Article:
Cleveland-As the United States military pounded Iraqi resistance in Baghdad, Army veterinarians were aiding military operations
just behind the frontlines.
U.S. Navy, Master at Arms 2nd Class Phillip Darity, a U.S. Navy dog handler, issues commands to his military working dog,
Argo, while conducting a training drill at Camp Patriot, Kuwait. Officials estimate about 50 veterinarians are in the Middle
East caring for these dogs.
According to U.S. Central Command Col. M. Scott Cornwell, DVM, the army has about 50 veterinarians operating in the military
theaters in both Iraq/Kuwait and Afghanistan.
The military veterinarian's role is one of food safety/sanitation and caring for the estimated 200 military dogs working around
the war zones.
At presstime, DVM Newsmagazine interviewed Major Kelley Evans, DVM, via e-mail during the operation in Iraq. Evans was stationed
in Camp Doha in Kuwait when ground forces punched through Iraq and toppled Baghdad. Evans is from Oakland, Md. and a Virginia-Maryland
Regional College of Veterinary Medicine graduate.
Maj. Kelley Evans, DVM, stationed in Kuwait during the Iraq war says that much of her job focused on food safety in addition
to caring for military working dogs.
Evans says, "The most difficult part of being here right now is sitting in the 'rear with the gear' and not being on the front
lines. Camp Doha has been the target of many missile attacks since the war began. Lucky for us, the Iraqis are bad shots,
and we have highly skilled Patriot missile batteries to shoot missiles down."
Evans' very special "gear" is the 25 or so military working dogs (German Shepherds, Belgian Malinois and other breeds), trained
to patrol, and sniff out mines and bombs.
Cornwell adds that the U.S. Army Veterinary Corps is the Department of Defense's executive agent for veterinary service support
to all of the U.S. armed forces. In other words, they medically treat all of the military working dogs, horses and marine
mammals for all the military branches.
Lt. Col. Craig Carter, DVM (left) examines one of the military working dogs trained for sniffing out explosives and sentry
duty in Afghanistan. Heat stress in a 130-degree Fahrenheit environment was a top health concern for military DVMs, as it
is in Iraq.
Public health role
Another extremely important contribution veterinarians make to the armed services is public health, including food safety
and hygiene, Cornwell explains. Evans adds that about 98 percent of veterinarians' missions in the theater right now is focused
on food inspection. She says her branch recently inspected $8.2 million worth of the humanitarian daily rations in the U.S.
aid package for the Iraqi people.
Terrorist threats are very real. Explosives are a major concern, but so too is sabotage of food or water for the troops.
Evans explains that food is coming in from all over the world, and therefore a challenge to make certain it is Army-approved
and not tampered with.
While the Air Force has many veterinarians, they are public health officers and do not get involved with day-to-day animal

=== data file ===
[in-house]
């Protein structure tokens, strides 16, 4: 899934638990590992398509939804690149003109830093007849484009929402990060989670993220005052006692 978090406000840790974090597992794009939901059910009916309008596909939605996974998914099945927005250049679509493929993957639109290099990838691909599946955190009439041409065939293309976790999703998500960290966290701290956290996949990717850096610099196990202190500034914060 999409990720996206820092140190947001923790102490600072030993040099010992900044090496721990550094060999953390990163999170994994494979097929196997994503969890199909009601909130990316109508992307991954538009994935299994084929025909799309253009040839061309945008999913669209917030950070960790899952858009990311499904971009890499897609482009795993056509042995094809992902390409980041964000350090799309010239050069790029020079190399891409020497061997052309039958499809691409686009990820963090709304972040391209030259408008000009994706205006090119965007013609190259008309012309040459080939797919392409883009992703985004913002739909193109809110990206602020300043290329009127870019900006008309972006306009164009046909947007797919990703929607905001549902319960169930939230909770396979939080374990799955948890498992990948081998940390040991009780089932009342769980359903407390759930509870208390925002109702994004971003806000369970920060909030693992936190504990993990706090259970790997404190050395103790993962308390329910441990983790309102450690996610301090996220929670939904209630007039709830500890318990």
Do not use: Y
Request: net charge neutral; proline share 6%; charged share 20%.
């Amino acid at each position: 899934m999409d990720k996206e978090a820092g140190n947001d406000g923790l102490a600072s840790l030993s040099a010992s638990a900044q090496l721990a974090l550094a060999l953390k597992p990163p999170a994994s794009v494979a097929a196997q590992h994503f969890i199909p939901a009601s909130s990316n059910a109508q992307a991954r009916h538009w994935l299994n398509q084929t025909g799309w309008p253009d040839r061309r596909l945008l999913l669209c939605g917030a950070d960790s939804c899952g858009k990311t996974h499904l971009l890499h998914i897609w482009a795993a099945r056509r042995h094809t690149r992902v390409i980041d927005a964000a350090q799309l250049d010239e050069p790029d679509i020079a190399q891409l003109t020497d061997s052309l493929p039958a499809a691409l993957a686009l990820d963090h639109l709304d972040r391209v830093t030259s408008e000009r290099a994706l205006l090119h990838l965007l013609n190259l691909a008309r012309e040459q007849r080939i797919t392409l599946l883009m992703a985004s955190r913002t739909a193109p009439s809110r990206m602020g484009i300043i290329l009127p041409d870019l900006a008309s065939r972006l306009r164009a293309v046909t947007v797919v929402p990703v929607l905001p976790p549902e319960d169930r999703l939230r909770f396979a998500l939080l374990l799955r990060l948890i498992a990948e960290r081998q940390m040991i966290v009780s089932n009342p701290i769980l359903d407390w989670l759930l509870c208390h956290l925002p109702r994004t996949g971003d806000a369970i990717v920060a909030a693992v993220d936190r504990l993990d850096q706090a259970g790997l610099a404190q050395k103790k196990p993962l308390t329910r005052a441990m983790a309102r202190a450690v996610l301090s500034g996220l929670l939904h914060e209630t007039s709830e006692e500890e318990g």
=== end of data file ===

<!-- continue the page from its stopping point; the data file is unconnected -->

A veterinary clinic in Afghanistan was set up to care for the military working dogs in that region.
Cornwell adds that veterinarians will be extremely important when military efforts turn to reconstruction of Iraq. Not only
will more dogs be called on to sniff out land mines following the war, civil affairs veterinarians will be asked to help rebuild
the agriculture infrastructure in the country.
Lt. Col. Craig Carter, DVM, of Texas A&M University's veterinary college, completed a tour in both Afghanistan and Kuwait.
He says that military working dogs play a crucial role in protecting people.
"They are everywhere you look. Where security is needed so are the dogs."
Carter explains, "In Afghanistan, there was a lot of mine detection and explosive detection work going on over there. The
Russians left 10 million mines when they bailed out of Afghanistan. They are extremely dangerous around Kandahar, where we
were put in with U.S. and coalition forces. Military working dogs are essential to making that happen."
The job of ferreting out explosives is dangerous, but trauma from a mine explosion is a rare event, reports Dr. Craig Carter.
Evans explains, "Military working dogs play a very critical role in force protection in this theater. All of the U.S. military
working dogs are dual certified-all are patrol certified as well as certified in either explosives or narcotics detection.
Evans adds, "These dogs are one of the few items in the military force protection arsenal that increase in the amount they
are worth as they age versus depreciating. Of course, you can never put a price on a life that is saved because of what these
Carter explains that the dogs are coming into the theater in tiptop shape. But operating in extreme conditions where it can
range from 130-degrees Fahrenheit in some areas, heat stress is a big concern.
"You really had to watch the work/rest cycles for some of these animals."
In Afghanistan, mines and unexploded ordnance are far too common. The Russians reportedly left 10 million mines during their
occupation of the country.
Carter also added that some upper respiratory problems were pretty common because the sand is so fine.
"It is almost like talcum powder. It gets into everything, including their respiratory tree."
Carter says that the health problems typically were not severe. Trauma is actually a rare event.
"For the most part, these dogs amazed me in the environment. I expected more heat-related problems, but the handlers followed
the work/rest cycles very closely."